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Case Study

The Kōura market wrap for February

It's all eyes on Ukraine, the impact on the markets, what it means for your KiwiSaver, and possible scenarios of how things will play out.

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08 March 2022

The Kōura market wrap for February

It's all eyes on Ukraine, the impact on the markets, what it means for your KiwiSaver, and possible scenarios of how things will play out

It won't be a shock to anyone that the markets had a tough time with global stock markets falling 7.40% for the month, wiping out all returns for the year. Both January and February were challenging months for the US stock markets, with those discomforts now having spread into Europe as the reality of the Russian invasion in Ukraine struck home.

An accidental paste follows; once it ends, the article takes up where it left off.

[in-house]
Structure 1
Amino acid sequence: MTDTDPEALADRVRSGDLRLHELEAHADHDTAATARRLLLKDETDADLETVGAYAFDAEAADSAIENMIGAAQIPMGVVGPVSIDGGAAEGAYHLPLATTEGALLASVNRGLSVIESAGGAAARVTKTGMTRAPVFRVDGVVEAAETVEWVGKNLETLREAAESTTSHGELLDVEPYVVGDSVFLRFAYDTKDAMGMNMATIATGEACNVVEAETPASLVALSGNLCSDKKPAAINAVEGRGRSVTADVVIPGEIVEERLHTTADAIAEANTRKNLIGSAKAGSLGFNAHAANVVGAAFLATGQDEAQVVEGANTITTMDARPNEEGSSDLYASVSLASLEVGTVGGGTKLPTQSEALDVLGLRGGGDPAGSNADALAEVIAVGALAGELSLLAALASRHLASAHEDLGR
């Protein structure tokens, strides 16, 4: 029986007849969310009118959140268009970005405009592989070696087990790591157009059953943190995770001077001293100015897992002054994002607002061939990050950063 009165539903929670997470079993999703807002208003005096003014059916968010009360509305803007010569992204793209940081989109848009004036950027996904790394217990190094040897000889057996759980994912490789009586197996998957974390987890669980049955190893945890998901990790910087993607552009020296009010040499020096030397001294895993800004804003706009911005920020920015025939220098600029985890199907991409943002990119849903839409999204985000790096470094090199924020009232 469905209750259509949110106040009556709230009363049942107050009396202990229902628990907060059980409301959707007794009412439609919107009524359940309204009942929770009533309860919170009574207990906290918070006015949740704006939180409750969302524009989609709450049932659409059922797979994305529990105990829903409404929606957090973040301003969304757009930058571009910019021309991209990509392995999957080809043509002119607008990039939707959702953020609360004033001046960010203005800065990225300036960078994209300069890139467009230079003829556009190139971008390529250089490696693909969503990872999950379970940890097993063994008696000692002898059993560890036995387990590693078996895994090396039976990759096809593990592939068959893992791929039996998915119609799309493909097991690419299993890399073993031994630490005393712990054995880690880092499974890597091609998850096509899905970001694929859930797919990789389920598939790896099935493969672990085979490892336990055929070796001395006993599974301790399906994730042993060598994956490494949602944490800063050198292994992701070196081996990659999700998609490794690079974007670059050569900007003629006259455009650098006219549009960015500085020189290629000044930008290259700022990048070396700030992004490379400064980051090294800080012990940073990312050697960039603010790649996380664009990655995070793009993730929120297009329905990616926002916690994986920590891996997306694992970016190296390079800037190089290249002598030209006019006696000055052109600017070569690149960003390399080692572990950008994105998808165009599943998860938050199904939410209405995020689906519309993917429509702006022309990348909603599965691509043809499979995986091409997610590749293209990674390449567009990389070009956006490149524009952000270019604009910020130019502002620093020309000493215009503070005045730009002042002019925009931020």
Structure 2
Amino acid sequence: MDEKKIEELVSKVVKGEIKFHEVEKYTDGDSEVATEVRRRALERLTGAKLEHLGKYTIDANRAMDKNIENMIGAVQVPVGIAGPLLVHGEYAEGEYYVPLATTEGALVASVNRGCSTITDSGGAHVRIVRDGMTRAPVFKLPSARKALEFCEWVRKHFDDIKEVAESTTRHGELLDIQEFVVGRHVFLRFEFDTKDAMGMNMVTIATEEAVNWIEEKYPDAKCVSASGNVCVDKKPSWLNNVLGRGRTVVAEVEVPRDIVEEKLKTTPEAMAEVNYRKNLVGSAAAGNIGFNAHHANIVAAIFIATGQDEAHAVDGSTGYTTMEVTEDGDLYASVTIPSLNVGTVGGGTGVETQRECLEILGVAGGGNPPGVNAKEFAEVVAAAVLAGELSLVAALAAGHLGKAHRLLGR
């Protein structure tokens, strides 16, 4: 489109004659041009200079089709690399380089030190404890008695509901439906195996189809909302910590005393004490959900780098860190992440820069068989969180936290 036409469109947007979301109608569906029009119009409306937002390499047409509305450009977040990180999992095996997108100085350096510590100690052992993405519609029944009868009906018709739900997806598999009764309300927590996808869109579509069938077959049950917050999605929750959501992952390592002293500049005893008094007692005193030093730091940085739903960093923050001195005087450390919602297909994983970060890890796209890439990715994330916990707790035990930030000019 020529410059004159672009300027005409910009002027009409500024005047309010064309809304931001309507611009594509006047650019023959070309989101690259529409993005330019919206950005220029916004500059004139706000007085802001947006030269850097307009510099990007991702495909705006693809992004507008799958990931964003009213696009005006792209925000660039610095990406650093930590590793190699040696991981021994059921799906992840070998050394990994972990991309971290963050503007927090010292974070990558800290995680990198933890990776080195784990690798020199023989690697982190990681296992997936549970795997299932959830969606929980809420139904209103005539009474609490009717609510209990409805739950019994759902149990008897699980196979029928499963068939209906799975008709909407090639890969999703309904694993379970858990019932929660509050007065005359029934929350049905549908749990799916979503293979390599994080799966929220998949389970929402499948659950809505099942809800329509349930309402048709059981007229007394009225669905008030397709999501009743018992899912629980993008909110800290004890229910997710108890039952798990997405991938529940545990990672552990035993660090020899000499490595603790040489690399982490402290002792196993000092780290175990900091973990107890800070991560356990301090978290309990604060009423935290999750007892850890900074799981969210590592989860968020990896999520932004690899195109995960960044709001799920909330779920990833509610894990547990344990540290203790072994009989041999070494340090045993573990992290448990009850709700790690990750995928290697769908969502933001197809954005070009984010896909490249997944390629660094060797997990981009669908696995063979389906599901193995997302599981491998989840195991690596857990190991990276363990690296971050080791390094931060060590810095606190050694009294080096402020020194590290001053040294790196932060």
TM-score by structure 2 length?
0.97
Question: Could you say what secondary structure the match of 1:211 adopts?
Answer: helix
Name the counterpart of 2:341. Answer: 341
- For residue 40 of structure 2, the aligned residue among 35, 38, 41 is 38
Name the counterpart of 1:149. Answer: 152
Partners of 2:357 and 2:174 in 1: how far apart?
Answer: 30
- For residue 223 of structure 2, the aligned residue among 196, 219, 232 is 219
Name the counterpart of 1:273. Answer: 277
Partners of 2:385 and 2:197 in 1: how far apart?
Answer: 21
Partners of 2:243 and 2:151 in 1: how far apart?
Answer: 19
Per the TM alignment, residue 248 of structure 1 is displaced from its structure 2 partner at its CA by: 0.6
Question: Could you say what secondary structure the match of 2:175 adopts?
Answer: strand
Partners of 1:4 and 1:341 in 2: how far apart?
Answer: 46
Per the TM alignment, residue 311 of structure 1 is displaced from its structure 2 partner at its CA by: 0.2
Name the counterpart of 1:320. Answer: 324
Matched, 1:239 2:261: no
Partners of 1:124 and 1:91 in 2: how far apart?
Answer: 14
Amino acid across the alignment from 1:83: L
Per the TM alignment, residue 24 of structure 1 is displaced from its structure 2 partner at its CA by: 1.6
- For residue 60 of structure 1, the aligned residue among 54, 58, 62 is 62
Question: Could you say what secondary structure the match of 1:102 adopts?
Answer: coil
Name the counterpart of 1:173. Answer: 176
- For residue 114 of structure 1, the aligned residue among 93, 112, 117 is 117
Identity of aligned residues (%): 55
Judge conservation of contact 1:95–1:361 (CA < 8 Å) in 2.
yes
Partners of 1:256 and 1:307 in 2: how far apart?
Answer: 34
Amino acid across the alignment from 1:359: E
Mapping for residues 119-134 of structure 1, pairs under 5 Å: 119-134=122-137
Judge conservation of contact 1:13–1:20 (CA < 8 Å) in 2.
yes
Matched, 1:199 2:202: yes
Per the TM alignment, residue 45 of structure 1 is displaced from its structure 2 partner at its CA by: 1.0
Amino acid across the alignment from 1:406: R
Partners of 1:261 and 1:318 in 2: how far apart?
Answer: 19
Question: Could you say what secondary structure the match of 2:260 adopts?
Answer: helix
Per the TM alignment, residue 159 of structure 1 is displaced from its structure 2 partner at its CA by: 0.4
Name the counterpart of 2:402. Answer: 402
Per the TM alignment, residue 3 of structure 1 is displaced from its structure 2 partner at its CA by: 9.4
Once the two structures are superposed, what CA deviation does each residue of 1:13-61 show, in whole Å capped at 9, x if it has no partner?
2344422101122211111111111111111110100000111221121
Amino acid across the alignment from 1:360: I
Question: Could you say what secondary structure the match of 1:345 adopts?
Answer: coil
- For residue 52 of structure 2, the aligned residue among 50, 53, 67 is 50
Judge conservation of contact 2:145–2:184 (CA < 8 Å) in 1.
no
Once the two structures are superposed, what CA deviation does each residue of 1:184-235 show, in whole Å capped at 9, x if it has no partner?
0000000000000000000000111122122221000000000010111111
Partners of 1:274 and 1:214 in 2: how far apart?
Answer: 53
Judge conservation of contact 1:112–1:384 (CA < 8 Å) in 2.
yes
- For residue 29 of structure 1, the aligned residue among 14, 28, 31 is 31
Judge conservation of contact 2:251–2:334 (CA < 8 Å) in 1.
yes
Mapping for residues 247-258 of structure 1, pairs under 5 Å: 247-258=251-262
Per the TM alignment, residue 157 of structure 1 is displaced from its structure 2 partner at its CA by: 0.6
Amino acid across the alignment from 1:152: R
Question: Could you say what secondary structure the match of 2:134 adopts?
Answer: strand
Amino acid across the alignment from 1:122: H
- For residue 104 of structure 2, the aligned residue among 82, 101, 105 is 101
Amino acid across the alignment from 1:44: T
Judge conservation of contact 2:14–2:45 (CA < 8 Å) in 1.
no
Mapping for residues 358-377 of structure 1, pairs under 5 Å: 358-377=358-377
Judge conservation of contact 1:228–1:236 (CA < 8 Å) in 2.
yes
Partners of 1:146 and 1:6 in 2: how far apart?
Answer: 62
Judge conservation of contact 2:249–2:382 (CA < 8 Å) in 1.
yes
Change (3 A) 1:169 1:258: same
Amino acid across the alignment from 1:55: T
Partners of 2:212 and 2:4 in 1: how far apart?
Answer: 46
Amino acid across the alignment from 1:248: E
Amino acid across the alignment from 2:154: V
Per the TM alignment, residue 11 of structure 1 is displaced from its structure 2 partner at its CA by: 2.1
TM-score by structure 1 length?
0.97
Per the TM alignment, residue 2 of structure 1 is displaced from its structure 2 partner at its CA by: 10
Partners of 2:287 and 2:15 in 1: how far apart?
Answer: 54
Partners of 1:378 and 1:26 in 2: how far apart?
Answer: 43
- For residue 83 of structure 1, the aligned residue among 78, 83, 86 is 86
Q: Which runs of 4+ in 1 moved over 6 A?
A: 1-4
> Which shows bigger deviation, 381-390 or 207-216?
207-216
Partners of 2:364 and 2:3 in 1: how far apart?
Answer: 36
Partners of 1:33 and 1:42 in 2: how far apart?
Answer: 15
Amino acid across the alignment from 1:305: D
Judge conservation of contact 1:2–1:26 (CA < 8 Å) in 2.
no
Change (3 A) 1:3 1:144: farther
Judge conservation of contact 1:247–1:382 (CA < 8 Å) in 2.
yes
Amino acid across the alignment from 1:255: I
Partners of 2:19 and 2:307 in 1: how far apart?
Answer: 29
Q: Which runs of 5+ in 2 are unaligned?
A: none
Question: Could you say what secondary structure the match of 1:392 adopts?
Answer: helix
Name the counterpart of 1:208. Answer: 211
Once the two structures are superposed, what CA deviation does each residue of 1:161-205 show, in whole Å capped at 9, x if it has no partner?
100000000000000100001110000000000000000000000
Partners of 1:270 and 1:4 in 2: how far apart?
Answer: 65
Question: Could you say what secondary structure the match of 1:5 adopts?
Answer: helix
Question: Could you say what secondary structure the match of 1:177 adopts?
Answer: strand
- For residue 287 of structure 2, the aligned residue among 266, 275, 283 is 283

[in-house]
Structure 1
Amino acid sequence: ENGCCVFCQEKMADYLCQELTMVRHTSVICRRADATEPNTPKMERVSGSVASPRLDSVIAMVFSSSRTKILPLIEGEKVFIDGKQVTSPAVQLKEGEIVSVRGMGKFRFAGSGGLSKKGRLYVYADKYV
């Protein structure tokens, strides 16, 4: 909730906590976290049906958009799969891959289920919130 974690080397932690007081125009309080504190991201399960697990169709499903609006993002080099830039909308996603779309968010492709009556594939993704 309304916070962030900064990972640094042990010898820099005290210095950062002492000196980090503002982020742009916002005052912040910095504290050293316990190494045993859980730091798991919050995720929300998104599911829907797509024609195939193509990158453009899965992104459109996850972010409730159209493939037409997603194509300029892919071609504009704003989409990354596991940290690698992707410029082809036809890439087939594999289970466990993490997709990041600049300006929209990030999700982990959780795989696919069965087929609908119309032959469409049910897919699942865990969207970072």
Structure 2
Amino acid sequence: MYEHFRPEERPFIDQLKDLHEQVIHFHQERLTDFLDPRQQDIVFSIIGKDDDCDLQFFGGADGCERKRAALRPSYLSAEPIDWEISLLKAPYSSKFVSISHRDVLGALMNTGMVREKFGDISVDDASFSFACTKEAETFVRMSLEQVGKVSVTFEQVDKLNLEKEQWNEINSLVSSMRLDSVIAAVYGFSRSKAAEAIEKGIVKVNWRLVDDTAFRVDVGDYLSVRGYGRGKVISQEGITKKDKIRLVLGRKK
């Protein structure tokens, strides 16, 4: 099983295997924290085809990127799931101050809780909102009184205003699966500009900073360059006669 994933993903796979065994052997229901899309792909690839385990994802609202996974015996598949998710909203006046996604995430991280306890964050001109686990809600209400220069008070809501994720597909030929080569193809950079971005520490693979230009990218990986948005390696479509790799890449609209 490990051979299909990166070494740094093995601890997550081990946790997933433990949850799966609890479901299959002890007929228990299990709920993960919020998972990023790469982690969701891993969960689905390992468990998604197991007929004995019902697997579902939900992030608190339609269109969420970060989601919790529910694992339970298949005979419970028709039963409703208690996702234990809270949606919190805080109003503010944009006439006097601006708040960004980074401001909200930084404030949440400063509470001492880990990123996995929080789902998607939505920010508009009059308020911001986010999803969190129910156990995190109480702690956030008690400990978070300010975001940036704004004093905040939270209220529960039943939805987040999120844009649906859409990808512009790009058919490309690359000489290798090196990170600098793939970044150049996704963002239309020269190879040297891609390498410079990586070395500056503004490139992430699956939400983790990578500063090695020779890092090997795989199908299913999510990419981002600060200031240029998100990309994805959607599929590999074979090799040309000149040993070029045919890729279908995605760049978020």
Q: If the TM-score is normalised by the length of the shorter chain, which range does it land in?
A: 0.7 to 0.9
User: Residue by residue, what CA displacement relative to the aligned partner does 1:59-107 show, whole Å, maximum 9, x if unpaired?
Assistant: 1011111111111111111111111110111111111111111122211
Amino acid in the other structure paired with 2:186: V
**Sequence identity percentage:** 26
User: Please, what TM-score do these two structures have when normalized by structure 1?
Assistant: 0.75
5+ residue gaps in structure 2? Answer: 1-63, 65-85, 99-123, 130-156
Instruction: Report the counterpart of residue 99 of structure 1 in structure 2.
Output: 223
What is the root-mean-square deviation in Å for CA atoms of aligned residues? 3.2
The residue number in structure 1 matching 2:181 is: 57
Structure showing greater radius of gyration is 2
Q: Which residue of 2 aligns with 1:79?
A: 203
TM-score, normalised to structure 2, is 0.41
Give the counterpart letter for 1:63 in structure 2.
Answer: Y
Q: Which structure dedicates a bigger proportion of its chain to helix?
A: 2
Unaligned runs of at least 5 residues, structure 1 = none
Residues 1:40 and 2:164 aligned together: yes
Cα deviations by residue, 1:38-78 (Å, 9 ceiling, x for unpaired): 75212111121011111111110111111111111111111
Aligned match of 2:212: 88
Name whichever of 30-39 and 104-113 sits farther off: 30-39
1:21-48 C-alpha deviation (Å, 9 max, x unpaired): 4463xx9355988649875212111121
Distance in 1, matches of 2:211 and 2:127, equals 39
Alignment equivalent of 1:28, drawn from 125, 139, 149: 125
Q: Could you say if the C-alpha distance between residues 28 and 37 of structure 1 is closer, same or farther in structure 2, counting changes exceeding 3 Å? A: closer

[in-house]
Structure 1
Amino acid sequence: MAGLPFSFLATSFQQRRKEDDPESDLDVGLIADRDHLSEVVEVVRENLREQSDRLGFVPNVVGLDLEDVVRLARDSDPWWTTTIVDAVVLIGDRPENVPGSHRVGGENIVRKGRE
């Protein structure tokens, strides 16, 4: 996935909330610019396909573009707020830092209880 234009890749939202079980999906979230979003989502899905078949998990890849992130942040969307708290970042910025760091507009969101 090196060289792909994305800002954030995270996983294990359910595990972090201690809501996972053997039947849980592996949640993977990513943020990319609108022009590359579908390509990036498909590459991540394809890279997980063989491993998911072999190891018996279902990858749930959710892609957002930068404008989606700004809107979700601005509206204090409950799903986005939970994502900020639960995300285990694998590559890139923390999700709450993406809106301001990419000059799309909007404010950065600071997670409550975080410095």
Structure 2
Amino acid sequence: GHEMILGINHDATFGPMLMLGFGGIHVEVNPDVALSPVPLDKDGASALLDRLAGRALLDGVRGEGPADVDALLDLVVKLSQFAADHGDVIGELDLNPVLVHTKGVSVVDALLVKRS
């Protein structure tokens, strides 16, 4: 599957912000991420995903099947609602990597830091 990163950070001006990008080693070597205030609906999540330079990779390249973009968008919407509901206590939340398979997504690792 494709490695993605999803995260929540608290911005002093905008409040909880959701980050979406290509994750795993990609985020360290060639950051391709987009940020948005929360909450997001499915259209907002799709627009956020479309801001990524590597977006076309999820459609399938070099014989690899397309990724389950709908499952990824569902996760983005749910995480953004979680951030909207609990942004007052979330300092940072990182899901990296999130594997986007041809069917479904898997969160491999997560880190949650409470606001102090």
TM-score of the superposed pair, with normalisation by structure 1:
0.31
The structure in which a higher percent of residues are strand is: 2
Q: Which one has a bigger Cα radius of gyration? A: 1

Unfortunately, this means KiwiSaver balances have continued to fall in the month taking the year to date losses to almost 8% for a KiwiSaver in a growth fund equivalent. Being an investor during times of market volatility can be tough and stressful, however the most important thing to remember is to stay calm and stick to your investment strategy. Trying to guess where stocks will go from here or changing your strategy to “time the market” is extremely difficult and more often than not you’ll end up missing out because you got the timing wrong. 

One piece of good news is that the New Zealand market held up well during the month and delivered a positive return, one of the only markets in the world to do so over the month.